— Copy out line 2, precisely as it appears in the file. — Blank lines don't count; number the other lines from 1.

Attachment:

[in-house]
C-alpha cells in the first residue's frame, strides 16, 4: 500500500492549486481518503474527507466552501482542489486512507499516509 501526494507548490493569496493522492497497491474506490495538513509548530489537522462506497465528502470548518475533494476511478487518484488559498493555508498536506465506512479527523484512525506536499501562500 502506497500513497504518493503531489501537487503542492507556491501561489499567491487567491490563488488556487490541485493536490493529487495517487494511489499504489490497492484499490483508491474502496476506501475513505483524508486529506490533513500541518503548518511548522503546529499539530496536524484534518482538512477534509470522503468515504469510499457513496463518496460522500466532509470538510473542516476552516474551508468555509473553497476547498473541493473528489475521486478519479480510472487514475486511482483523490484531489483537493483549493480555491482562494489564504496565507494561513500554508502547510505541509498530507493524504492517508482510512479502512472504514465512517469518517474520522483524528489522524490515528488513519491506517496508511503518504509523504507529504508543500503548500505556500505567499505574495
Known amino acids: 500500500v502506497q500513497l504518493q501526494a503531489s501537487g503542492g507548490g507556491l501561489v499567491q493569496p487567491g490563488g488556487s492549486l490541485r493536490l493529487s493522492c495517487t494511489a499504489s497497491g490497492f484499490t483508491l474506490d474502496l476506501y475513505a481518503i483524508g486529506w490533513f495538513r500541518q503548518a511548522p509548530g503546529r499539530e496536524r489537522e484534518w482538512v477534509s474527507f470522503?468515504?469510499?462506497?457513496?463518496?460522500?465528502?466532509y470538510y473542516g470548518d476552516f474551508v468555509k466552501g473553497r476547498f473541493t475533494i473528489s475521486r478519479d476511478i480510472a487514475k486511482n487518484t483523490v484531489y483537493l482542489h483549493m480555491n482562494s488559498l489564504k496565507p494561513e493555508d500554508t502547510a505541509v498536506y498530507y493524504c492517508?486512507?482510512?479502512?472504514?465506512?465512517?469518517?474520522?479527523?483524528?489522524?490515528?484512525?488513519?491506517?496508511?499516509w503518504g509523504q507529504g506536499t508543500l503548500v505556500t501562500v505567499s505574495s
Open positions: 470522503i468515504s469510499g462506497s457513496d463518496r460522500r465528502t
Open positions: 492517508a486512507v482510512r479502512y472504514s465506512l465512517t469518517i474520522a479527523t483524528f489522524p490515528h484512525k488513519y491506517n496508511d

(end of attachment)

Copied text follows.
C-alpha cells in the first residue's frame, strides 16, 4: 500500500492549486481518503474527507466552501482542489486512507499516509 501526494507548490493569496493522492497497491474506490495538513509548530489537522462506497465528502470548518475533494476511478487518484488559498493555508498536506465506512479527523484512525506536499501562500 502506497500513497504518493503531489501537487503542492507556491501561489499567491487567491490563488488556487490541485493536490493529487495517487494511489499504489490497492484499490483508491474502496476506501475513505483524508486529506490533513500541518503548518511548522503546529499539530496536524484534518482538512477534509470522503468515504469510499457513496463518496460522500466532509470538510473542516476552516474551508468555509473553497476547498473541493473528489475521486478519479480510472487514475486511482483523490484531489483537493483549493480555491482562494489564504496565507494561513500554508502547510505541509498530507493524504492517508482510512479502512472504514465512517469518517474520522483524528489522524490515528488513519491506517496508511503518504509523504507529504508543500503548500505556500505567499505574495